Originally Posted by Rubi22
.... As far as the range/field etiquette, are O/U and S/S's really the only thing you'll see there? Are the pump and semi guys going to catch that much slack? I've never been to shoot skeet or trap or clays, so I'm foreign to the subject.
Depends on two things: (1) The club where you are shooting; and, (2) who else is on the line with you. If you've got guys who are competing with expensive shotguns, you can expect to hear about that semiautomatic shotgun you're using. I've seen many an auto shooter moved to the end of the line or asked to switch places with someone who objected to having to stand on the right-hand side of an auto shotgun.
Trapshooting at my old hunting club? No, it was a potpourri; and nobody cared what you used. Trapshooting at any one of several different trap ranges I know? Yes, expect someone to say something to you. It's not, so much, the pump shotgun that's a problem - A pump can be controlled and is simply considered to be bourgeois. It's the semiauto shotgun that's sure to raise an objection, especially if there are other much more expensive guns on the line.
Now, onto chokes: Looks like the general consensus is to keep some form of buckshot in a home defense shotgun, so the short barrel will be suited for that. In addition, the long barrel would need to be outfitted with a choke for sport shooting (I'm assuming birdshot?). Well, remember from my first post, my range only allows slugs. Any way I can get the best of both worlds (one short barrel that shoots buckshot and one long barrel that shoots birdshot and slugs?). Thanks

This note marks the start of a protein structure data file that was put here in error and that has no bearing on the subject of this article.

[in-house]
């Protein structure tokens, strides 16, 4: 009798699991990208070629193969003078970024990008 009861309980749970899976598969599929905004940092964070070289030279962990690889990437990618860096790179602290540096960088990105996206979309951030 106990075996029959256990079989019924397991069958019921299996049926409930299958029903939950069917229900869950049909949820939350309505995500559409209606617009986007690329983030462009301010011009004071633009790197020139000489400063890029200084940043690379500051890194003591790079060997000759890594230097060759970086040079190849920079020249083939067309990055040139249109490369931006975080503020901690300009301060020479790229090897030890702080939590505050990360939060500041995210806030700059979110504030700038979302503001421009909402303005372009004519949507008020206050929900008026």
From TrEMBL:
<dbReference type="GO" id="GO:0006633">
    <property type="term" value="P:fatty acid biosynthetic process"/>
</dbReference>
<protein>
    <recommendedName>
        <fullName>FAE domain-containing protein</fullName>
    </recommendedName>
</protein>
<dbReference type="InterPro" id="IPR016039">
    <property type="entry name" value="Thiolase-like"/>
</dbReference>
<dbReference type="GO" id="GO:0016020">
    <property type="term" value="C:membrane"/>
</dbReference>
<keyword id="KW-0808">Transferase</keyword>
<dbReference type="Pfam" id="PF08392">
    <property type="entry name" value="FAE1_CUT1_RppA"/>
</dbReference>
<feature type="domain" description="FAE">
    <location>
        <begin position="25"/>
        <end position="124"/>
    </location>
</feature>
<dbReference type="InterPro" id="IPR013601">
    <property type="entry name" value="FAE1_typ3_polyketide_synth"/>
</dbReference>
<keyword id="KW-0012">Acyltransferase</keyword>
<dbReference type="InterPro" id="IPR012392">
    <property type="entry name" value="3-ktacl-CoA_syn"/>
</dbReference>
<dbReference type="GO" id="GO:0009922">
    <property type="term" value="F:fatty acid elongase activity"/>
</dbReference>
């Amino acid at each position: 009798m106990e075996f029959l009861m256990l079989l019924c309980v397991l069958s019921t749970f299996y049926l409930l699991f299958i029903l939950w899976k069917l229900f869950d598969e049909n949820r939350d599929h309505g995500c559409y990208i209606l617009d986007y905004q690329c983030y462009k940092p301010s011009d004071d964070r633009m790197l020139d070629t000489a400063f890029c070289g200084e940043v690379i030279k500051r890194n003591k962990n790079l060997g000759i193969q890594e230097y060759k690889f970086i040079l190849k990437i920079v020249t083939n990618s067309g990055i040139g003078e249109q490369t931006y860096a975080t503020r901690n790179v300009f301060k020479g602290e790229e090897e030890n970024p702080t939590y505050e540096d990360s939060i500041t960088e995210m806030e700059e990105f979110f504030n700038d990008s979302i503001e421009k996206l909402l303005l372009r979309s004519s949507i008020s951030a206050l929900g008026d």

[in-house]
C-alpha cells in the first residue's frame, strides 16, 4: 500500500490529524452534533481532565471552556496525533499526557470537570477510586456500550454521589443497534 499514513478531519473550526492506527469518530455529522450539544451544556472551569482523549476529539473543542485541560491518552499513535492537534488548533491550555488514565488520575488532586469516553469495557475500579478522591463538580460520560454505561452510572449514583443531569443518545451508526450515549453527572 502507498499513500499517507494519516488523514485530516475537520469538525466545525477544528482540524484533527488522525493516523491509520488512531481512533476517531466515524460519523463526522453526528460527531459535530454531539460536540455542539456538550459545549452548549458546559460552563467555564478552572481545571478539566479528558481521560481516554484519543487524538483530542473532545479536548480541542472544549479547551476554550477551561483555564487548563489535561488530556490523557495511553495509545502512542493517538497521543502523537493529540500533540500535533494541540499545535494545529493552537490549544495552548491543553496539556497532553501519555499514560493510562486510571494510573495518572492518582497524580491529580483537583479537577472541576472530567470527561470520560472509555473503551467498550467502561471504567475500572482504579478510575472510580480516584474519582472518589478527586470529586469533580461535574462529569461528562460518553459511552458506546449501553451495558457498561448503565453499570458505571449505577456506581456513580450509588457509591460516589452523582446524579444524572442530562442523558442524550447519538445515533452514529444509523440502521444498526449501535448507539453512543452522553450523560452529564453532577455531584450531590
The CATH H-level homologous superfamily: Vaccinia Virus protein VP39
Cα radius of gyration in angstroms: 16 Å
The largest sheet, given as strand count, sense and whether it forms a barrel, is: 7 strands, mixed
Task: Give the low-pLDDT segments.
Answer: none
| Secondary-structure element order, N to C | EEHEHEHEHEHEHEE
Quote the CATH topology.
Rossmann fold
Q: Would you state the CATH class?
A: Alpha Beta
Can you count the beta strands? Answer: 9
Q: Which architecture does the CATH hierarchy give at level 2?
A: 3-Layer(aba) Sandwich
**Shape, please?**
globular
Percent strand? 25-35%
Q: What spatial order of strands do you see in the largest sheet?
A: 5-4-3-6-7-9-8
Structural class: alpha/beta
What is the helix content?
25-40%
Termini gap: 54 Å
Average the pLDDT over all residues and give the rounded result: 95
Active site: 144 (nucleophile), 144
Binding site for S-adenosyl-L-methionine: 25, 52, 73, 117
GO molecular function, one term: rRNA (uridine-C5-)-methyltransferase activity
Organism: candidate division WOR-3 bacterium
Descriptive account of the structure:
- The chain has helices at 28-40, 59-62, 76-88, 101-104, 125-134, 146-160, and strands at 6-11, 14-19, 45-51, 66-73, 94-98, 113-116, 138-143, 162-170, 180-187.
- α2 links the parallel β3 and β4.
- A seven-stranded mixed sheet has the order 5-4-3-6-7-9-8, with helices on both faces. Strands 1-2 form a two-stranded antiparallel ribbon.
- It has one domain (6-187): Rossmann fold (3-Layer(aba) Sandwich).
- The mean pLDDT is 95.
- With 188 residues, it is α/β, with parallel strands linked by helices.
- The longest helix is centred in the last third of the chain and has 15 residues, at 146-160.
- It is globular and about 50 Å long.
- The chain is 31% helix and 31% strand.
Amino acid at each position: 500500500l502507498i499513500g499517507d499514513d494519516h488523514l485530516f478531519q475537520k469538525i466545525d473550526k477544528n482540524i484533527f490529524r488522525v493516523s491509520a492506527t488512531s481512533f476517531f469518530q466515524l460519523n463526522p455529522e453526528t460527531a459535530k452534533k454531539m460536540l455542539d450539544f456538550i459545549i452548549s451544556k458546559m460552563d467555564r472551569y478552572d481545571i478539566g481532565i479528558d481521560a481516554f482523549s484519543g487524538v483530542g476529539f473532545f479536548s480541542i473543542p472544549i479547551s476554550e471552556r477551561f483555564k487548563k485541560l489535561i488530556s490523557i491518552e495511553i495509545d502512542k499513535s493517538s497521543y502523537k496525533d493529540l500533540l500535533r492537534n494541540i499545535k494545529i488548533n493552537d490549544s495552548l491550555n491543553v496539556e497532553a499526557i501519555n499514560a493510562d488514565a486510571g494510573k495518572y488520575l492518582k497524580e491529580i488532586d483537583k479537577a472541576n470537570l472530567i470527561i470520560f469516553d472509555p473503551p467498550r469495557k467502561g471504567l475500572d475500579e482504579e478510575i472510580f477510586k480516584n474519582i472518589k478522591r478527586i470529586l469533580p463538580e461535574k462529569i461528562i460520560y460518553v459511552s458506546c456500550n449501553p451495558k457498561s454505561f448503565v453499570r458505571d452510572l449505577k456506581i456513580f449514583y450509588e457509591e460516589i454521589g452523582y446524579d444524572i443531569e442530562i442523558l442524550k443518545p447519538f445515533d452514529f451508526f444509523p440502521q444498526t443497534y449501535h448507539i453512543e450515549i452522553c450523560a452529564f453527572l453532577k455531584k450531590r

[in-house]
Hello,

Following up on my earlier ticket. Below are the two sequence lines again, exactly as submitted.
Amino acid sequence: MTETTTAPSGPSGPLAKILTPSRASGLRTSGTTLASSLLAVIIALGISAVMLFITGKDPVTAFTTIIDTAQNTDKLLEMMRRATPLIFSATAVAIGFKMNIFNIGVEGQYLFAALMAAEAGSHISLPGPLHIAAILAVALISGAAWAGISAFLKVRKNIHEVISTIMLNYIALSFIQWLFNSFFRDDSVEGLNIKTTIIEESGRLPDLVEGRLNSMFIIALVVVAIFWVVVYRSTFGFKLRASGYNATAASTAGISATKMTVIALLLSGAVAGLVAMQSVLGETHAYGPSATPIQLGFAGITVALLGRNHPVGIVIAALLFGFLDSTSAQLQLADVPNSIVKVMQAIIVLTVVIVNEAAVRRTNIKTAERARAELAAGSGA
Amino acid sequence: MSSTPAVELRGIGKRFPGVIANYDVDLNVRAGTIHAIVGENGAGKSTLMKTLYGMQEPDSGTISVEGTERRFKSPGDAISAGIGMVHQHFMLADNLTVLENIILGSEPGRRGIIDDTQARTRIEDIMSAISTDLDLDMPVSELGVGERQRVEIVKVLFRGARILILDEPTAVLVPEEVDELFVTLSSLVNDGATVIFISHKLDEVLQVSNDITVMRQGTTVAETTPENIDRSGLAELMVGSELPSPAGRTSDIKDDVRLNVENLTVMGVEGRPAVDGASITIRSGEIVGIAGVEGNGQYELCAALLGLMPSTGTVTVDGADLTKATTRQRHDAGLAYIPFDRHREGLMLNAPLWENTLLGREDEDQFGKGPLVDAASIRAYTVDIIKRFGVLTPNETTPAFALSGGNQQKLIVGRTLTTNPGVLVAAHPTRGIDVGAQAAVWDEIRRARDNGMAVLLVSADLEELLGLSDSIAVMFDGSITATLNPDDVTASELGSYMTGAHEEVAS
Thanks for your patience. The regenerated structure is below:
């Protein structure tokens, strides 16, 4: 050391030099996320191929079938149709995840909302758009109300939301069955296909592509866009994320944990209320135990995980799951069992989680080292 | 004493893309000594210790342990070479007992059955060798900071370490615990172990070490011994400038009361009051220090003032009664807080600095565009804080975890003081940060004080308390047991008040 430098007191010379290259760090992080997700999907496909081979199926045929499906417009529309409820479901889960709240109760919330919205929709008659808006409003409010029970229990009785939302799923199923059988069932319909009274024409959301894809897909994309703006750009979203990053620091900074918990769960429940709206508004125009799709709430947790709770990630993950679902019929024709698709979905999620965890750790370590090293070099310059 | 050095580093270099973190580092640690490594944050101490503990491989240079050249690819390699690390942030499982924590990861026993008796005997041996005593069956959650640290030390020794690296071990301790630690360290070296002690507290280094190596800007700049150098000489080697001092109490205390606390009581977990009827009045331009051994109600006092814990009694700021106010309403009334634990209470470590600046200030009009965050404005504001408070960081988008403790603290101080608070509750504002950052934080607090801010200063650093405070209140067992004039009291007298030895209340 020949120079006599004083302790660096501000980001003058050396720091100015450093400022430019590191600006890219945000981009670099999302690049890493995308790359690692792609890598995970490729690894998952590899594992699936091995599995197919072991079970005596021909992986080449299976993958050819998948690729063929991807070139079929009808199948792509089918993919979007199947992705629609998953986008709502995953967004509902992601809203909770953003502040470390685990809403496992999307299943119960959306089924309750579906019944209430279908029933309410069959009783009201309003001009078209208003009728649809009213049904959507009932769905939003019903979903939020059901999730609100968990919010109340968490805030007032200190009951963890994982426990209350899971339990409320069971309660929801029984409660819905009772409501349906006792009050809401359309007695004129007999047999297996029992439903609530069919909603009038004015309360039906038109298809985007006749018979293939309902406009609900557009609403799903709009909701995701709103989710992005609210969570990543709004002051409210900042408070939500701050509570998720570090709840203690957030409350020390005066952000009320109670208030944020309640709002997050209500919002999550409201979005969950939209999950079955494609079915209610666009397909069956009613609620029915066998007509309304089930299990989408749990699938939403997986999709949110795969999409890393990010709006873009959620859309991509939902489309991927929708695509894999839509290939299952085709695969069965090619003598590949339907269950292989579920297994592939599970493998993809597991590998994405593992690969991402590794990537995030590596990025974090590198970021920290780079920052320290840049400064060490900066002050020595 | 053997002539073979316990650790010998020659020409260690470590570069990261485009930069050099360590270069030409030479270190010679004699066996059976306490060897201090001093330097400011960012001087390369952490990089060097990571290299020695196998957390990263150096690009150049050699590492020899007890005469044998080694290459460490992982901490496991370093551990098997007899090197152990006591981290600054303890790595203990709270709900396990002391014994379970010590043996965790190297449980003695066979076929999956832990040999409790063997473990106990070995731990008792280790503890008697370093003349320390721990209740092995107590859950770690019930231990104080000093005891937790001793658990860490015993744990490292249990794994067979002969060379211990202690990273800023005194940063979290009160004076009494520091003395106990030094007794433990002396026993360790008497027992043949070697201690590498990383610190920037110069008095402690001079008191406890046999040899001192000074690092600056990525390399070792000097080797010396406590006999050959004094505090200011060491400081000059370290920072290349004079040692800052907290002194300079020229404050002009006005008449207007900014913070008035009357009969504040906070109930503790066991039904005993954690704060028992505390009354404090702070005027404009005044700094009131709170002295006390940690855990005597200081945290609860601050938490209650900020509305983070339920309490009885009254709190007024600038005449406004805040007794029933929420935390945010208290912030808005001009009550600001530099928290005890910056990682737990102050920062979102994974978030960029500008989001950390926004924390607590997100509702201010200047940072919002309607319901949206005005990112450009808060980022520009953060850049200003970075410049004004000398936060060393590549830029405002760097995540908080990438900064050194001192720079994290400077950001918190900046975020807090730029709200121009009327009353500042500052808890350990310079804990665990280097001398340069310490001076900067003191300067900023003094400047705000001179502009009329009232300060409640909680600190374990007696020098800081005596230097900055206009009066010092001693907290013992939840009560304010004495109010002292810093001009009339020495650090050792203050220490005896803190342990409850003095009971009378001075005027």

A short barrel with a more open choke = skeet shooting and self-defense. A long barrel with a much tighter choke = trapshooting (and self-defense). A pump action shotgun barreled with a short improved cylinder choke, (or a set of screw-ins) and a second longer full choke barrel sounds about right for what you are considering.
Anyway I wouldn't encourage you to make this decision based on what you MIGHT do on a trap or skeet range. Wingshooting is not a sport that everybody regularly pursues. Over the years I've brought a lot of new shooters to the range with me. Most don't stick around for too long.
Good wingshooting (20 + birds out of 25) takes time, effort, and lots of practice to learn. You need to make a commitment and have the determination to succeed along with a high tolerance for repeated public failure. Private practice with hand-thrown birds is only going to take you so far. The auto-throwing machines throw much faster (and less predictably) than anything you can throw by hand.
I've known far more shooters who didn't stay with wingshooting than those who did. On the other hand, I've shot next to men who were in their late 70's and 80's; they cleanly beat me by 2 or 3 birds and, occasionally shot perfect scores! So, once you learn how to do it the technique tends to stay with you.
As far as your present club goes? It's obviously not set up for either trap or skeet shooting. Use the link above, or start, HERE
if you want to find a wingshooting facility near you.